Charges under a deemed contract can be expensive. Rates of 80% higher than under an agreed contract are common.
If you have not signed a supply contract or agreed one on the phone, you could be on deemed rates as are 10% of UK micro businesses.
A deemed contract as the name suggests is a contract which has implied terms in the absence of any formal arrangement between a commercial energy consumer and a supplier.
Deemed contracts can occur under the following circumstances -
* When a business occupies new premises and the gas and electricity are already connected the business owner may feel they need take no action and simply wait for a bill to arrive. Amcub has encountered customers like this who continued to take supply despite not receiving a bill. When the bill finally arrives ( say after a year ) it can be huge. Furthermore, where there is a large debt, the customer will not be able to switch if they are unable to pay the bill in full, leaving them at the mercy of the energy supplier.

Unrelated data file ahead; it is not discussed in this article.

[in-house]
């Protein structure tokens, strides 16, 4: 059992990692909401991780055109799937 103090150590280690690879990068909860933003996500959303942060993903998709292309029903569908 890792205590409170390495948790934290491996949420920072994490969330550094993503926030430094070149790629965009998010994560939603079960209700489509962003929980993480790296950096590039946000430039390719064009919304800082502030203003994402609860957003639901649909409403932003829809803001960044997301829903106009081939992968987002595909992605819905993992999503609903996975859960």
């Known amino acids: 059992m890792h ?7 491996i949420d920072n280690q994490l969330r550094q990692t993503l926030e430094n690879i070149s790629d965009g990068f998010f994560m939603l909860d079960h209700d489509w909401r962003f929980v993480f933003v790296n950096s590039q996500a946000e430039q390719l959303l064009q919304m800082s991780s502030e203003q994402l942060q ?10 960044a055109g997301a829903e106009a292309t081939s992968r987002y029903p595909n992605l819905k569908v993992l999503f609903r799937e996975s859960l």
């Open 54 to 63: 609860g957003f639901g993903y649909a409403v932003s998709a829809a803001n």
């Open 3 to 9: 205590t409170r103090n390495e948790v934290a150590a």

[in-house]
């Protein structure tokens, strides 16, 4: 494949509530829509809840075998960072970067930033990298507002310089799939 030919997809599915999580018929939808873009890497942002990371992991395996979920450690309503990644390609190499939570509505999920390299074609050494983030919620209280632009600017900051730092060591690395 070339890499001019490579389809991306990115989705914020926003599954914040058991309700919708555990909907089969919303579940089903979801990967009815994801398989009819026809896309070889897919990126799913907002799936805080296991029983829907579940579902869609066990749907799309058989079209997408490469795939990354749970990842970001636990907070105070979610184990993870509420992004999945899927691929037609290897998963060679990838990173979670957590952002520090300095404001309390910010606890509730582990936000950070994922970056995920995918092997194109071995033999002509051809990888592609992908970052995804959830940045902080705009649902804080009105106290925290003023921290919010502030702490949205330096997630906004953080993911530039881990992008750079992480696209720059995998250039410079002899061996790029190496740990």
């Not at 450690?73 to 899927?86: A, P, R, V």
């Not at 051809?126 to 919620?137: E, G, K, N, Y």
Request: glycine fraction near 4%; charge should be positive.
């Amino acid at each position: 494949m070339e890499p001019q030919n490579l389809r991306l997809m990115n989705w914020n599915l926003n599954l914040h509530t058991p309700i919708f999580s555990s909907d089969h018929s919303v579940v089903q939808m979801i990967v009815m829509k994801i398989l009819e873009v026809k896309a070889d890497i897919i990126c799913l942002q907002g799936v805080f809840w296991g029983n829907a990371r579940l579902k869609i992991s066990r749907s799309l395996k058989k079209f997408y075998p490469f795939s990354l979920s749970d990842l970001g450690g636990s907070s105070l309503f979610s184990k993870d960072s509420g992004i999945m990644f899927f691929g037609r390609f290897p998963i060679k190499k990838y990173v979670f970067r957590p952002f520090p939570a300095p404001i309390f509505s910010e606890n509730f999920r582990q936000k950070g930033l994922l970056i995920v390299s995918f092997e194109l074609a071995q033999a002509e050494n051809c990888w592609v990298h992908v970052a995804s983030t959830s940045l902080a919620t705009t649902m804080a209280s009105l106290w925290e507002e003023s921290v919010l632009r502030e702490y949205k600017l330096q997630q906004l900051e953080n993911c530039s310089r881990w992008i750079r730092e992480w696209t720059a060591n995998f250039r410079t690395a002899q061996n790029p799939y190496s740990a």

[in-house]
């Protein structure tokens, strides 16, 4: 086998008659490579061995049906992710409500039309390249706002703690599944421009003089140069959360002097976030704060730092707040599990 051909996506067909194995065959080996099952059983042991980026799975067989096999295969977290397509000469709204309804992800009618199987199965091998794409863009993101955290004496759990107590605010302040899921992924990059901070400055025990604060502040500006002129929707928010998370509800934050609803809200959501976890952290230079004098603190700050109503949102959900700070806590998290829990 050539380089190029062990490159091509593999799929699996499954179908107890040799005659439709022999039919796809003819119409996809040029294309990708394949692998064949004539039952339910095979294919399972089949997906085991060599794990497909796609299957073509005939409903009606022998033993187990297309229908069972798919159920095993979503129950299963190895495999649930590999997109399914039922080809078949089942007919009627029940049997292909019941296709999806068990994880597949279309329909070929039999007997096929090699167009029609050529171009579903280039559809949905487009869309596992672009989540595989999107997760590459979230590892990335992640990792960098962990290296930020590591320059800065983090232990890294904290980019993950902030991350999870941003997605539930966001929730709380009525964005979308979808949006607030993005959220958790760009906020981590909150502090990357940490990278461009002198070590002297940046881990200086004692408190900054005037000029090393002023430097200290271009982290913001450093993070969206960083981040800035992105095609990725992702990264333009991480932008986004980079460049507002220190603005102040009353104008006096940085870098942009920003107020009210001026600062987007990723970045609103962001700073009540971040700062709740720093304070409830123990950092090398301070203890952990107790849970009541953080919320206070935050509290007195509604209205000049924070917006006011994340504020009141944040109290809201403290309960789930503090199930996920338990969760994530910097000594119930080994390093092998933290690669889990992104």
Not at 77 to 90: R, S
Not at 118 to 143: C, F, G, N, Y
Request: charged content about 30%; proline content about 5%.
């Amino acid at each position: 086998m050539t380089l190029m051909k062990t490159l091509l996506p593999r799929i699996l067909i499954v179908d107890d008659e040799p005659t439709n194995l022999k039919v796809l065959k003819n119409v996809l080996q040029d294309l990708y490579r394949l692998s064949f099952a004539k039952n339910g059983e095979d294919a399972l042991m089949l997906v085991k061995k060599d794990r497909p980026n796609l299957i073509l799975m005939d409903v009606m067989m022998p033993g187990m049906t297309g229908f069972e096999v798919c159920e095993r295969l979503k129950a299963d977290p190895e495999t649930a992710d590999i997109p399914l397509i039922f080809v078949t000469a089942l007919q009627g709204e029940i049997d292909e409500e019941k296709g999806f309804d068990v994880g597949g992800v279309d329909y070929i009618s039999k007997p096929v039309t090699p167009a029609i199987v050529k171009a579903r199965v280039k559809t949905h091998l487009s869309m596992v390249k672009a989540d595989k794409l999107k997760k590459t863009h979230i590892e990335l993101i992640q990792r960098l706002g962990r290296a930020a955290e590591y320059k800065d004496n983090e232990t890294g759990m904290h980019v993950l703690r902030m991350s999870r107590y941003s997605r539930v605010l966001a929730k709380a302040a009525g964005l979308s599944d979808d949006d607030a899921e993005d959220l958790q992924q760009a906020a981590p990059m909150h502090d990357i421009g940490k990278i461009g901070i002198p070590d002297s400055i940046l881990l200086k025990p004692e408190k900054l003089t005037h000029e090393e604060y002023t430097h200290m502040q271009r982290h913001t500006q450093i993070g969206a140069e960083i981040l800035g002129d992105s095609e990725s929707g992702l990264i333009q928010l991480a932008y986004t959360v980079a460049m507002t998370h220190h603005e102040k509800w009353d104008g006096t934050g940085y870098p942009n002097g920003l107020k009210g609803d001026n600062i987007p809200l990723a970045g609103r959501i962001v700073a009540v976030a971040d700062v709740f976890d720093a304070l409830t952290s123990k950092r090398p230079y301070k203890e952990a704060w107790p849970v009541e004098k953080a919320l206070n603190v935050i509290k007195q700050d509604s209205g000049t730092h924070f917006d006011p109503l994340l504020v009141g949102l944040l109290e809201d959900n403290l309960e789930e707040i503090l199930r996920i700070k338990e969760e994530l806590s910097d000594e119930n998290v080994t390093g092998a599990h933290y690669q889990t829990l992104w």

* A customer has notified the supplier that they wish to terminate their contract upon it's expiry ( intending to find an alternative supplier ) but then forgot. The account can then be charged at Deemed rates.
* A contract expires but has not specified what will happen on expiry ( eg, automatic roll over)